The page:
The Pacific Ocean bonds and connects many islands and people throughout the region. These communities share in the art and science of traditional navigation, which has fostered an intimate attachment to the ocean over many generations. Today, these island communities also share in the struggle of mitigating marine debris as they work to protect the ocean.
Derelict and abandoned fishing gear continue to catch fish long after they are actively used; single-use items that are made out of plastic persists in the ocean, breaking up into increasingly smaller pieces making it extremely difficult to remove; and abandoned and derelict vessels damage coral reefs, obstruct navigational channels, and diminish commercial and recreational activities. These types of marine debris, and others, are damaging to the Pacific and beyond. The NOAA Marine Debris Program’s (MDP) Pacific Islands Region includes the Commonwealth of the Northern Mariana Islands, Guam, American Samoa, and Hawaii. Despite these impacts and threats, these oceanic communities continue to practice strong community stewardship.
The Lady Carolina is an 83 foot, 54 ton, steel hulled derelict fishing vessel. During the devastating August 2015 Typhoon Soudelor, the vessel broke free of its mooring and ran aground in Saipan Lagoon. Pacific Coastal Research & Planning is undertaking the coordination of its removal which will prevent further environmental impacts. To increase knowledge and awareness of abandoned and derelict vessels, and storm preparedness, community outreach activities around the removal will be conducted.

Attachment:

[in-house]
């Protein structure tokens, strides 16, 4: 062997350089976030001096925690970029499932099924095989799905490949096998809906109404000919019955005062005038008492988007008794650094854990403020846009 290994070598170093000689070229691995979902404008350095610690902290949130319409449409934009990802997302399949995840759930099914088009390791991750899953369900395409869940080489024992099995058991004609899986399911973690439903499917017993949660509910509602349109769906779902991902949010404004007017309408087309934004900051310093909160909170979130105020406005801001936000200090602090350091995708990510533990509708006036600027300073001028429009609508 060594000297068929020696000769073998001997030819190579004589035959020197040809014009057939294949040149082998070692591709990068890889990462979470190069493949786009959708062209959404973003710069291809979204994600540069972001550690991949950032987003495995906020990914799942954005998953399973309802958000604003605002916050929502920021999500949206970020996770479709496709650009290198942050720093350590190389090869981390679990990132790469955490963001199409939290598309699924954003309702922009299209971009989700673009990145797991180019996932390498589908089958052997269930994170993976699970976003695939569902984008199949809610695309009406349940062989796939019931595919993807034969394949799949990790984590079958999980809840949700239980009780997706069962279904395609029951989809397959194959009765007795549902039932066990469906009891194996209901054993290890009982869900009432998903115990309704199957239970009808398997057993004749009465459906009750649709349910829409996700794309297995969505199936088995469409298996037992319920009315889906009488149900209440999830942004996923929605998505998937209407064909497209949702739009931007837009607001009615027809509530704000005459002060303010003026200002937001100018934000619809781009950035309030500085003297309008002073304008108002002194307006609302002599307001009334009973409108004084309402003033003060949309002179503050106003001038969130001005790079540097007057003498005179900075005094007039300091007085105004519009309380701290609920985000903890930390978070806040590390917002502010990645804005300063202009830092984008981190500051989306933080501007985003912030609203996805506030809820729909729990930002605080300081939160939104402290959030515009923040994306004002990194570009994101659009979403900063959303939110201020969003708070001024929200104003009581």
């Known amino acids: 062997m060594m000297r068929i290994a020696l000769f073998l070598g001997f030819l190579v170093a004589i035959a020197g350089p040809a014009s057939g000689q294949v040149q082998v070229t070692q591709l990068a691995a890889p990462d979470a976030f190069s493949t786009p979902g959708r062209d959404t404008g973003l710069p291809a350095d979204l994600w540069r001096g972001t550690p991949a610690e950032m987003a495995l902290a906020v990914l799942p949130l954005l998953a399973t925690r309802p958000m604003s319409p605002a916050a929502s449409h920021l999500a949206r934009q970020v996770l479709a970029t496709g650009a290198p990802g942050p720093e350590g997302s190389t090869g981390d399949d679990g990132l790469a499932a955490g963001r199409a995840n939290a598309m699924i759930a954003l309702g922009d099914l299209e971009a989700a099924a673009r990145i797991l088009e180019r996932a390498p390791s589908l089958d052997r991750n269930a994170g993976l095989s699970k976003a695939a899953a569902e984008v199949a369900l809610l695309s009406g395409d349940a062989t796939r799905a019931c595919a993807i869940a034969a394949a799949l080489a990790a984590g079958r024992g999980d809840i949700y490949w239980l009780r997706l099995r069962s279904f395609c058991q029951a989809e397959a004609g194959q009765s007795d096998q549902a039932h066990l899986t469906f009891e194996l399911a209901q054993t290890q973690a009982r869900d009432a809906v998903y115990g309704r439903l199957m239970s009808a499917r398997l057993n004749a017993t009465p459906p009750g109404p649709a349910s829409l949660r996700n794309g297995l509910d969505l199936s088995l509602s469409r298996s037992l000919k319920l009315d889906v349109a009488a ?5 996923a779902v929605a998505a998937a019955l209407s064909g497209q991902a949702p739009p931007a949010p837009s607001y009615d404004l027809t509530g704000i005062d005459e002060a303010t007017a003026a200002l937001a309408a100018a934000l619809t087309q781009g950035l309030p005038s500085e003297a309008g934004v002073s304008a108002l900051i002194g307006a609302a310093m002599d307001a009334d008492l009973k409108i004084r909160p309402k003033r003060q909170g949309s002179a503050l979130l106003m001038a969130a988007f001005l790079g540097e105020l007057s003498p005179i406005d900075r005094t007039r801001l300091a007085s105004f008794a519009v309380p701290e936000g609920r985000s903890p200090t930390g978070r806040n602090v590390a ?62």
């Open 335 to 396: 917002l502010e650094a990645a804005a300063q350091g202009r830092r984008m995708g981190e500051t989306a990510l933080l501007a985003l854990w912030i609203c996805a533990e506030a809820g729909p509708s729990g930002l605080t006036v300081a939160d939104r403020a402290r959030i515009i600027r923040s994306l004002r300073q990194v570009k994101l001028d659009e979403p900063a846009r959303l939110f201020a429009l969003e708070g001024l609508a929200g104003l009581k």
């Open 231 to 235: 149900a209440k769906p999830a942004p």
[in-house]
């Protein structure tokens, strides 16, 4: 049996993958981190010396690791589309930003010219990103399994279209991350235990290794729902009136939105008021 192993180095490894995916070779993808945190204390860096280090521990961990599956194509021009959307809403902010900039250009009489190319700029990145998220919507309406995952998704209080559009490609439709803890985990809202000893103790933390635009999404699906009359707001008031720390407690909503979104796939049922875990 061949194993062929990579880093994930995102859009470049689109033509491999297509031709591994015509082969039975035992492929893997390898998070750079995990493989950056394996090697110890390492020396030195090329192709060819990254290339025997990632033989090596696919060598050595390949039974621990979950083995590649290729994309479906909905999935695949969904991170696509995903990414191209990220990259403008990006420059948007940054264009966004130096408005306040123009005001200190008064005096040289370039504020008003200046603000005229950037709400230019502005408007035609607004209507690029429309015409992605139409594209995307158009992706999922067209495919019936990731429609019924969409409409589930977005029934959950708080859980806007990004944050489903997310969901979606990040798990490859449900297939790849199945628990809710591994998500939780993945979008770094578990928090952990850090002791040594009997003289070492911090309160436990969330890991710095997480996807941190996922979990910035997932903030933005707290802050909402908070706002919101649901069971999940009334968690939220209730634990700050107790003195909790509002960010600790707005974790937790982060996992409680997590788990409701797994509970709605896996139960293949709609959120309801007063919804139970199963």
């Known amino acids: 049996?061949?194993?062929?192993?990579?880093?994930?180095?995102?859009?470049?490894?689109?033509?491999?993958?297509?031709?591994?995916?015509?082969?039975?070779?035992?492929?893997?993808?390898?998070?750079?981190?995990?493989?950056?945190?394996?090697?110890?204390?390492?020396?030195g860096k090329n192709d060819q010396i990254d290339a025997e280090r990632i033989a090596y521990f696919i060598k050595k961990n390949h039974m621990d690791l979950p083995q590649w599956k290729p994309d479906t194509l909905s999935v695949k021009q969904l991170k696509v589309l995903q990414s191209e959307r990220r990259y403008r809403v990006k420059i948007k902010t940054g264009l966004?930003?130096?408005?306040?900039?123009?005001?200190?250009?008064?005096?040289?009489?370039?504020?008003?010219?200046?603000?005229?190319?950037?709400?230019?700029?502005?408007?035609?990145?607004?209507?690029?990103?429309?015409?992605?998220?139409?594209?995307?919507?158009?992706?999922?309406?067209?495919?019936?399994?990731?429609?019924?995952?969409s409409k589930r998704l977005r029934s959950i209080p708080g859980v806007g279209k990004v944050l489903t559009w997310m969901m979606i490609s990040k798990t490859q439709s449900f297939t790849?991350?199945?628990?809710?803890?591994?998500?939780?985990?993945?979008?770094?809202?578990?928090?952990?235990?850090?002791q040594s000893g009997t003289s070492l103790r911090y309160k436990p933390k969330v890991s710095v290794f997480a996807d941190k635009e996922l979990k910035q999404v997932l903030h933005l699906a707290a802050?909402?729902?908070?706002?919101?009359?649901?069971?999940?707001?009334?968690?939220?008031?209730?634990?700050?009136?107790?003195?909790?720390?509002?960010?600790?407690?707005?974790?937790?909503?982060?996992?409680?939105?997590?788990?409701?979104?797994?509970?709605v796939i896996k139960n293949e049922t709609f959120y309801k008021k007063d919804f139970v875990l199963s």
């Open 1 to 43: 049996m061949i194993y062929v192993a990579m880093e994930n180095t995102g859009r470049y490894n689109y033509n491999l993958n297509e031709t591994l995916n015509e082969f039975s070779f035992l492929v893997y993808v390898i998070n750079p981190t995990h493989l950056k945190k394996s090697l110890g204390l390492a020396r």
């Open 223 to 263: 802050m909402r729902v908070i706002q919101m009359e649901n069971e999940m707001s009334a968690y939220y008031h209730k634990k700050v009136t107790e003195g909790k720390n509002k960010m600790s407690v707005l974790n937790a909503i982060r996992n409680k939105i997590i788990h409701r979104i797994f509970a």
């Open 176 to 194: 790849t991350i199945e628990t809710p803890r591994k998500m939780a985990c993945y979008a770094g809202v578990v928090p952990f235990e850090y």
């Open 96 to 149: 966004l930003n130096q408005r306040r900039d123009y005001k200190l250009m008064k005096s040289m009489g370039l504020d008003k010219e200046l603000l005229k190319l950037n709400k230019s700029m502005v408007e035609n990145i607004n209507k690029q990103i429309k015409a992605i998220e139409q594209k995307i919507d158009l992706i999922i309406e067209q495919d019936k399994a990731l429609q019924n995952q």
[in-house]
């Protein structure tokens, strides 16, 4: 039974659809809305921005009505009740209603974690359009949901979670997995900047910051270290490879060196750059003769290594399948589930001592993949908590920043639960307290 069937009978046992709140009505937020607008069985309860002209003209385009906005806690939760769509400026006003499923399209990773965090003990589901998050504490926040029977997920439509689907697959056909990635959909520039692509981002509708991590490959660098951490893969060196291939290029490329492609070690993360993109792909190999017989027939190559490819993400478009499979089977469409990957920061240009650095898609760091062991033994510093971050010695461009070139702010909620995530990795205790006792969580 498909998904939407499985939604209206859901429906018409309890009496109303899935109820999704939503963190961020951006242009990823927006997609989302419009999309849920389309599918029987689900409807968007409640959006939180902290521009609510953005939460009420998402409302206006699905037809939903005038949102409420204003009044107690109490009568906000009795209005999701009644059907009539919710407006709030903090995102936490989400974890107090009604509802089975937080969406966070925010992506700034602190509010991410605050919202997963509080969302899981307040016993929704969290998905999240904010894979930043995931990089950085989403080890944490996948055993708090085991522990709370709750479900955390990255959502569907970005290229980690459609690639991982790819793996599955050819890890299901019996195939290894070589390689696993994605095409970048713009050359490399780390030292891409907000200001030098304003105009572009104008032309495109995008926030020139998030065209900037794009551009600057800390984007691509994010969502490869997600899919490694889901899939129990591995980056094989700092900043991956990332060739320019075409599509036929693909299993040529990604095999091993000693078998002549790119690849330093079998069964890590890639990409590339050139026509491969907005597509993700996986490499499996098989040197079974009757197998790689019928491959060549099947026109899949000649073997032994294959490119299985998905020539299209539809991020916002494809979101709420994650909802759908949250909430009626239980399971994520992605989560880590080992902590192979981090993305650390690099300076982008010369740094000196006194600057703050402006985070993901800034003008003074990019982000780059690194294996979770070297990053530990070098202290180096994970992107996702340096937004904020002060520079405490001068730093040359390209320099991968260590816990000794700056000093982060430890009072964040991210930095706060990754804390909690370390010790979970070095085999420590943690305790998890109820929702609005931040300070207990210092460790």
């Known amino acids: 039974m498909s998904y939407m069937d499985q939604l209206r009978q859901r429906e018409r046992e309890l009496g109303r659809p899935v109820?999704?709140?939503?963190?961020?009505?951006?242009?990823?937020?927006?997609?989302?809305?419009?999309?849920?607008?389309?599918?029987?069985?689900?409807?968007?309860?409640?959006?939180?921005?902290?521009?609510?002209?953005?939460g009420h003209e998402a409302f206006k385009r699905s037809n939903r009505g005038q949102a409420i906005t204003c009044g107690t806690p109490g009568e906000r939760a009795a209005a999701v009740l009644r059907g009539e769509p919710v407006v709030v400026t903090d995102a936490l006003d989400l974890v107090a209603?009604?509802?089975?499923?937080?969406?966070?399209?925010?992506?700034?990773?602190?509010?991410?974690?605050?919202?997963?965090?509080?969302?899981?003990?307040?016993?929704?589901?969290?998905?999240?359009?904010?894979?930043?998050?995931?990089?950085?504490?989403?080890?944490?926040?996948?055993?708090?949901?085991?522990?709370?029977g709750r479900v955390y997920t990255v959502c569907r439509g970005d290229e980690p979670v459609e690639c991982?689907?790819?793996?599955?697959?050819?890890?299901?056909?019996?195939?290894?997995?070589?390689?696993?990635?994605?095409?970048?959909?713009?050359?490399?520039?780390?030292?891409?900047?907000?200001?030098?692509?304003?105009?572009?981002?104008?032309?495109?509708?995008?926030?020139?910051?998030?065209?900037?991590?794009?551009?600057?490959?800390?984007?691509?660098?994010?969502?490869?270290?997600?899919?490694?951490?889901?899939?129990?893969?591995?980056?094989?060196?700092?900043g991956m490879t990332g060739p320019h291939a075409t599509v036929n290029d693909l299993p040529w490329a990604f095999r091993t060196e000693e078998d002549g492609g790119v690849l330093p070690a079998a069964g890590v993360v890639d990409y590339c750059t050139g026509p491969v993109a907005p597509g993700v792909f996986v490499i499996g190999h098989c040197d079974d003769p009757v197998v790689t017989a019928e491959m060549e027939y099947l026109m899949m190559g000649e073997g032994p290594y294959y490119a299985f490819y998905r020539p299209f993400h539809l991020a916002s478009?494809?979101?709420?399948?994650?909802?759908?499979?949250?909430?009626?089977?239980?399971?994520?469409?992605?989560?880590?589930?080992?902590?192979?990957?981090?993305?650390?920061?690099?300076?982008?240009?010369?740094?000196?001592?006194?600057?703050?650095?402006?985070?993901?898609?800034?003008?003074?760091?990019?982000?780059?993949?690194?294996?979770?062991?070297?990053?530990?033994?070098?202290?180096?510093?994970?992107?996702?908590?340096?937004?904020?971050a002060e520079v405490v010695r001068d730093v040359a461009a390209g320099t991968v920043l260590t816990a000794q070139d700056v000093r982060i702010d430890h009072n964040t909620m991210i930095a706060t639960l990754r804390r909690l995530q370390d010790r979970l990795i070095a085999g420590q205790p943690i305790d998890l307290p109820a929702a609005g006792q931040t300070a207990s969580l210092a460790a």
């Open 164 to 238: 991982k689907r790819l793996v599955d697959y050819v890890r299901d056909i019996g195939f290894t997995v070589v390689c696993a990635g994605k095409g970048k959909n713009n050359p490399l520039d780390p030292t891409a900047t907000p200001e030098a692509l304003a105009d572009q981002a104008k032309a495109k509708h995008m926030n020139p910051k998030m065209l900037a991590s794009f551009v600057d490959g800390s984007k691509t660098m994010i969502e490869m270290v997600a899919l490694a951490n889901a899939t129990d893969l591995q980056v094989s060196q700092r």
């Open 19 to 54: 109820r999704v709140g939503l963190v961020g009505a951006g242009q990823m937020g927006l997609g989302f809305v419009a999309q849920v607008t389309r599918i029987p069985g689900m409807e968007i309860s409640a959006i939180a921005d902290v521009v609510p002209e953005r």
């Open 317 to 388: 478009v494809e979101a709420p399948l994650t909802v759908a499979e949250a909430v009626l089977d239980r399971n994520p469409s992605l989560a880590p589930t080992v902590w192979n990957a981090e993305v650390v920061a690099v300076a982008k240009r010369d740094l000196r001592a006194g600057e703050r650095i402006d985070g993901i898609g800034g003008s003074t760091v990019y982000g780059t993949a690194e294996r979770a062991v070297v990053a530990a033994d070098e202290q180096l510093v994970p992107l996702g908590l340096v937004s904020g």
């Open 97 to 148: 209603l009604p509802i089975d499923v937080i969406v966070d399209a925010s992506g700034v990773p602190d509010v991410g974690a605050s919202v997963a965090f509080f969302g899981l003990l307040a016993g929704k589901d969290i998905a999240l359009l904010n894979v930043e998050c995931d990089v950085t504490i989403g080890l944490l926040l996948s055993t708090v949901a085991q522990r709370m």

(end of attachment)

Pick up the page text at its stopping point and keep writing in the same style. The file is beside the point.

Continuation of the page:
Hawaii State Parks, with the support of a NOAA MDP Prevention grant, is working to install 19 water bottle filling stations across State Parks. These filling stations aim to provide park users the opportunity and choice to refill their water bottles within the park and reduce the amount of single-use plastic water bottles that are used. The first filling station was installed in November of 2019 at Wailoa Center in Hilo, Hawaii with the rest to follow throughout 15 parks.
Bivalves, such as oysters and mussels, and locally caught fish are key foods for coastal communities and others worldwide. Researchers from Arizona State University are working with the American Samoa Environmental Protection Agency, the American Samoa Department of Marine and Wildlife Resources, and local college students to analyze water samples, sediment, bivalves, and fish to understand the impacts of microplastics and contaminants on locally consumed seafood and the potential risks to humans in American Samoa.
The Hawai‘i Wildlife Fund is tackling the tremendous amount of derelict fishing debris through a partnership spanning across Hawai‘i Island, Kaua‘i, Maui, and Lānaʻi. Their removal project is also focusing on removing medium- to large-scale marine debris from local coastlines through workdays and community cleanup events. In 2019, their partnership removed 41 tons of debris from three islands with the help of 1,760 volunteers. Additionally, they engaged 841 students in education and outreach.
In Guam’s beautiful Cocos Lagoon, an abandoned artificial tire reef sits on the ocean floor. The artificial reef is made up of 2,482 tires and is estimated to weigh between 16-28 tons. The Guam Environmental Protection Agency is working with partners to plan and coordinate the removal of the tires. Visit the blog later this week to learn more about this project.
Though marine debris is extremely prevalent in the Pacific Islands Region, we are encouraged by the dedicated work of these organizations. The ocean’s health, and that of its resources, are key to the subsistence and cultural practices of these communities. The work of these partners helps to ensure that future generations are as connected through and to the ocean as generations past.